After the two years of rotations students will take Step Two of the USMLE, which will show they have learned the complexities of the clinical setting and can combine their education and knowledge in the classroom setting with practical situations.
Those interested in becoming a parasitologist will complete an internal medicine residency usually lasting three years. During these three years the resident will come in contact with a variety of patients and be able to hone their clinical skills under some supervision, though not as strict as during medical school. For residents interested in parasitology, it is a good idea to look at residency programs that will expose them to patients dealing with parasites or programs that have a focus on parasitological research.
The hands-on patient care programs best for aspiring parasitologists may be found overseas, in tropical climates where people are both more exposed to parasites and have less medical access to deal with the outcome of exposure. After residency, the student will need to pass Step Three of the USMLE upon which they will be licensed as a doctor in the United States.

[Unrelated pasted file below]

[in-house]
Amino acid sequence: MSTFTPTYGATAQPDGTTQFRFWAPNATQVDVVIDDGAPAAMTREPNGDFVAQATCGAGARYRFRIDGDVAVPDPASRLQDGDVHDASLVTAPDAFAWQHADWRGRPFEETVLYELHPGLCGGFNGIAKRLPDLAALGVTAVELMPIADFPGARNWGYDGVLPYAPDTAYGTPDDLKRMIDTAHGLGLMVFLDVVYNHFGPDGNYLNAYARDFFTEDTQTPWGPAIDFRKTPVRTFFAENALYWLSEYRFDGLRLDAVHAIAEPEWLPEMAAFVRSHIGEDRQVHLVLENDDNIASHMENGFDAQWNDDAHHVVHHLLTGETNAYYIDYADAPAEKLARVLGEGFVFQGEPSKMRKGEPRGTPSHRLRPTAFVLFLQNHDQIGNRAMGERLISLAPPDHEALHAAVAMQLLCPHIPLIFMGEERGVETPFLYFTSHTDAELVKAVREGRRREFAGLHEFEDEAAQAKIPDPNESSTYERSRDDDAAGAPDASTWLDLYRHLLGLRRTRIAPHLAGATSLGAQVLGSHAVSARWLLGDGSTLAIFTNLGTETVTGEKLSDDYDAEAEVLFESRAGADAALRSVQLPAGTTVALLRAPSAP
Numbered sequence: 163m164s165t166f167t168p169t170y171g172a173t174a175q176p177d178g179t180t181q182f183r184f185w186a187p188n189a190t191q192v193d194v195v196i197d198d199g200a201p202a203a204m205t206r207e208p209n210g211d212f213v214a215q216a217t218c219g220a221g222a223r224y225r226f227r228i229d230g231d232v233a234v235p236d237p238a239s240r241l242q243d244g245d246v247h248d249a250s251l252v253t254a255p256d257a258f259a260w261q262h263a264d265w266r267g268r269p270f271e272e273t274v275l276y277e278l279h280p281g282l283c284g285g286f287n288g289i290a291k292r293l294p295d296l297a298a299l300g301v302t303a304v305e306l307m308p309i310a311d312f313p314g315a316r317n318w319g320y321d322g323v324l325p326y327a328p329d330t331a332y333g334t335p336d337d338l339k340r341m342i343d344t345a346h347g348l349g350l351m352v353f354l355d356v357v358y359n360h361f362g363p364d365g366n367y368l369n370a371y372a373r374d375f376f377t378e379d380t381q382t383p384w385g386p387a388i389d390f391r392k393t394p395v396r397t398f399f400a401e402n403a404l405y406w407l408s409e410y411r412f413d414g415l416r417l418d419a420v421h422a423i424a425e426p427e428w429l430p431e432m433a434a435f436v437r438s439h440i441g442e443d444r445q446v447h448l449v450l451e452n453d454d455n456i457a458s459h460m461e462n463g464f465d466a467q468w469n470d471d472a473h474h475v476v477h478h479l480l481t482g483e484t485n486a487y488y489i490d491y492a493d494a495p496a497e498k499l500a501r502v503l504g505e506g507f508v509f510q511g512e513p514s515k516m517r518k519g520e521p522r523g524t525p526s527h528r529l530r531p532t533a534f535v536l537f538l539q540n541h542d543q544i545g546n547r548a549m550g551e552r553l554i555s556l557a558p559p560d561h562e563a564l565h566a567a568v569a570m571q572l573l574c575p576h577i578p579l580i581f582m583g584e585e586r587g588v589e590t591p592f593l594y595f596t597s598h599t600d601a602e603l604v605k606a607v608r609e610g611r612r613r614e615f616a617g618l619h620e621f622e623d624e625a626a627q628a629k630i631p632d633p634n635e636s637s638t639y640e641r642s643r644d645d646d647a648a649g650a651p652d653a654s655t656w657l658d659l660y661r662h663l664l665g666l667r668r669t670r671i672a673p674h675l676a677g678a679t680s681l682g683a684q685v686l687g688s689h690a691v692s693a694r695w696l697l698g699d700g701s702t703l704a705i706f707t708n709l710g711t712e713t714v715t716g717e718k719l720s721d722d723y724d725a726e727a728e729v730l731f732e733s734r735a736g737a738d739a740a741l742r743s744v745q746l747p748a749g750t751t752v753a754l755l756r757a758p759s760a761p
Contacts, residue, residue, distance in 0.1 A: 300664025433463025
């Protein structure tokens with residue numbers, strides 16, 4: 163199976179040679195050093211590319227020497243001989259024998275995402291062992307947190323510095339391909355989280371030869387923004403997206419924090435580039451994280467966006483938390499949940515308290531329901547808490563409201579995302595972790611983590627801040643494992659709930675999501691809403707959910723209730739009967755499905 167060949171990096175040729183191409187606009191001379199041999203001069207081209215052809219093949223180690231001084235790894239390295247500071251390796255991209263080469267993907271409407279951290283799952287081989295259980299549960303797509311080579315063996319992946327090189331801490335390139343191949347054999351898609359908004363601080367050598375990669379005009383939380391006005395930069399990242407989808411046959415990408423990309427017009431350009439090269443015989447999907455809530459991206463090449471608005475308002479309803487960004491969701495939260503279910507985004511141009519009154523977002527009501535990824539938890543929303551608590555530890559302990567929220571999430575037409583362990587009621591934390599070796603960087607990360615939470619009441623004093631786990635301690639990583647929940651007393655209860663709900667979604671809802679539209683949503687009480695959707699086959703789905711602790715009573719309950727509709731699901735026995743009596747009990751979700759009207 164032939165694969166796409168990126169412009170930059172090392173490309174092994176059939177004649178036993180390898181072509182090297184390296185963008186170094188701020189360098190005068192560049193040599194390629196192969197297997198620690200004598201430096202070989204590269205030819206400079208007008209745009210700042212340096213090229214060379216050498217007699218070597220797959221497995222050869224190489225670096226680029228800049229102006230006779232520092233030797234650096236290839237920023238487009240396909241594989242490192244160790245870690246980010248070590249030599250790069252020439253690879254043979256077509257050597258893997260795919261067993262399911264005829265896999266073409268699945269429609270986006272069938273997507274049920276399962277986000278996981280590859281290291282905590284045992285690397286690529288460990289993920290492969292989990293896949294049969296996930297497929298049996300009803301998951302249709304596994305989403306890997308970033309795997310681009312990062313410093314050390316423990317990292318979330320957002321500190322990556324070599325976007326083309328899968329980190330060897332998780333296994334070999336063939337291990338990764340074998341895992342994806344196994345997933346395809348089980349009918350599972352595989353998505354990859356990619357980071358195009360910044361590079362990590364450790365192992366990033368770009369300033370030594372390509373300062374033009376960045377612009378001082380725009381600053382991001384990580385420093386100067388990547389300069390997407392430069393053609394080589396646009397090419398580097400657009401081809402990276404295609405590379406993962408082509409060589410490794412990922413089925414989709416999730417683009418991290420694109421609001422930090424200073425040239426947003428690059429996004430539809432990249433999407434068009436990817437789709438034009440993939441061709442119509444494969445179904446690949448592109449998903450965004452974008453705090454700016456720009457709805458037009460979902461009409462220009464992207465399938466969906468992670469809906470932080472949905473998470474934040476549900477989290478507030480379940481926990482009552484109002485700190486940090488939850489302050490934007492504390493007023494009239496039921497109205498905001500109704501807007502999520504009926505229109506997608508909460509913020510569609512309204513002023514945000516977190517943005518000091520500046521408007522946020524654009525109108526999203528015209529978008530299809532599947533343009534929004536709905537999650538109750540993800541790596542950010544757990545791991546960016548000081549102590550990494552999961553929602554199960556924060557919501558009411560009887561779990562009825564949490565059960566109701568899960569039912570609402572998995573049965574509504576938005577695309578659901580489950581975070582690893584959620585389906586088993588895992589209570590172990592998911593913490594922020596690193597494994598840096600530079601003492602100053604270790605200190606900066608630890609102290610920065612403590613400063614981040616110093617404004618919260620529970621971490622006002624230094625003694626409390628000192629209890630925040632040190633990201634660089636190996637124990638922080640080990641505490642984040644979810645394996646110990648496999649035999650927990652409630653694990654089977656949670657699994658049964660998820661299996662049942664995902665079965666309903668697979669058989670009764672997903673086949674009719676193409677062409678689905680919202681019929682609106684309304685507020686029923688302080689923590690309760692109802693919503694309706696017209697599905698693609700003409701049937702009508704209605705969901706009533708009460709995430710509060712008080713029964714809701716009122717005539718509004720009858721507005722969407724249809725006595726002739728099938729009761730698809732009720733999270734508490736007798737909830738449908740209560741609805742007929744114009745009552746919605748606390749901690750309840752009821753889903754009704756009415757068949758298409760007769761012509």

The next step for a medical parasitologist is to begin work with an infectious disease fellowship. This fellowship will show the student what it is like to work with patients that have infectious diseases, how the disease affect their lives and families and what medical responses are available. Again, if the physician wants to further specialize in parasitology, it is important to find an infectious disease fellowship that will give them the opportunity to learn more about parasites and their affect on humans, whether that be in the United States or part of an overseas program.
Infectious disease fellowships are generally three years long. An additional year focused primarily on parasitology will conclude the physicians training and ensure they are prepared to work as a parasitologist in any of the settings mentioned below.